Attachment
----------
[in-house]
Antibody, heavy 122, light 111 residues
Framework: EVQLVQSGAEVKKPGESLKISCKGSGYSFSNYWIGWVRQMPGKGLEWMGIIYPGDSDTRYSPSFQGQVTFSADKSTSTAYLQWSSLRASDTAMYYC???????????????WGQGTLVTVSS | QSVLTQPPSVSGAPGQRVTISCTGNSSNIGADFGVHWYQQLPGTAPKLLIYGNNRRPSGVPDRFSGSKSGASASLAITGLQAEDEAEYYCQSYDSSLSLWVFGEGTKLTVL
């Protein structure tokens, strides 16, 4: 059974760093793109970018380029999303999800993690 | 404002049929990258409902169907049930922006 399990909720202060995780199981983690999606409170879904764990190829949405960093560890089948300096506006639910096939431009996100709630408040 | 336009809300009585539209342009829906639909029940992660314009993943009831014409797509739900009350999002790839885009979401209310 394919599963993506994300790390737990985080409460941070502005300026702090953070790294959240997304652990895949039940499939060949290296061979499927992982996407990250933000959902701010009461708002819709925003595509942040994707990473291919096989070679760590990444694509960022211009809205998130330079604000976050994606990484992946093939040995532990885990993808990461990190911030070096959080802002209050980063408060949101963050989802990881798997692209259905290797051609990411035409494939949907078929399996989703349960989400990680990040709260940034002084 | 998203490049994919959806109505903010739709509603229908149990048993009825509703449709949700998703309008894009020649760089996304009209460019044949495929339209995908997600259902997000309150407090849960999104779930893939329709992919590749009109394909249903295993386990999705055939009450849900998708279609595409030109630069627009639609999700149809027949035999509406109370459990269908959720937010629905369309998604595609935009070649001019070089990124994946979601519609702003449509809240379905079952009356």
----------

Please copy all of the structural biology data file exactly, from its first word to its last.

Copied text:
[in-house]
Antibody, heavy 122, light 111 residues
Framework: EVQLVQSGAEVKKPGESLKISCKGSGYSFSNYWIGWVRQMPGKGLEWMGIIYPGDSDTRYSPSFQGQVTFSADKSTSTAYLQWSSLRASDTAMYYC???????????????WGQGTLVTVSS | QSVLTQPPSVSGAPGQRVTISCTGNSSNIGADFGVHWYQQLPGTAPKLLIYGNNRRPSGVPDRFSGSKSGASASLAITGLQAEDEAEYYCQSYDSSLSLWVFGEGTKLTVL
């Protein structure tokens, strides 16, 4: 059974760093793109970018380029999303999800993690 | 404002049929990258409902169907049930922006 399990909720202060995780199981983690999606409170879904764990190829949405960093560890089948300096506006639910096939431009996100709630408040 | 336009809300009585539209342009829906639909029940992660314009993943009831014409797509739900009350999002790839885009979401209310 394919599963993506994300790390737990985080409460941070502005300026702090953070790294959240997304652990895949039940499939060949290296061979499927992982996407990250933000959902701010009461708002819709925003595509942040994707990473291919096989070679760590990444694509960022211009809205998130330079604000976050994606990484992946093939040995532990885990993808990461990190911030070096959080802002209050980063408060949101963050989802990881798997692209259905290797051609990411035409494939949907078929399996989703349960989400990680990040709260940034002084 | 998203490049994919959806109505903010739709509603229908149990048993009825509703449709949700998703309008894009020649760089996304009209460019044949495929339209995908997600259902997000309150407090849960999104779930893939329709992919590749009109394909249903295993386990999705055939009450849900998708279609595409030109630069627009639609999700149809027949035999509406109370459990269908959720937010629905369309998604595609935009070649001019070089990124994946979601519609702003449509809240379905079952009356």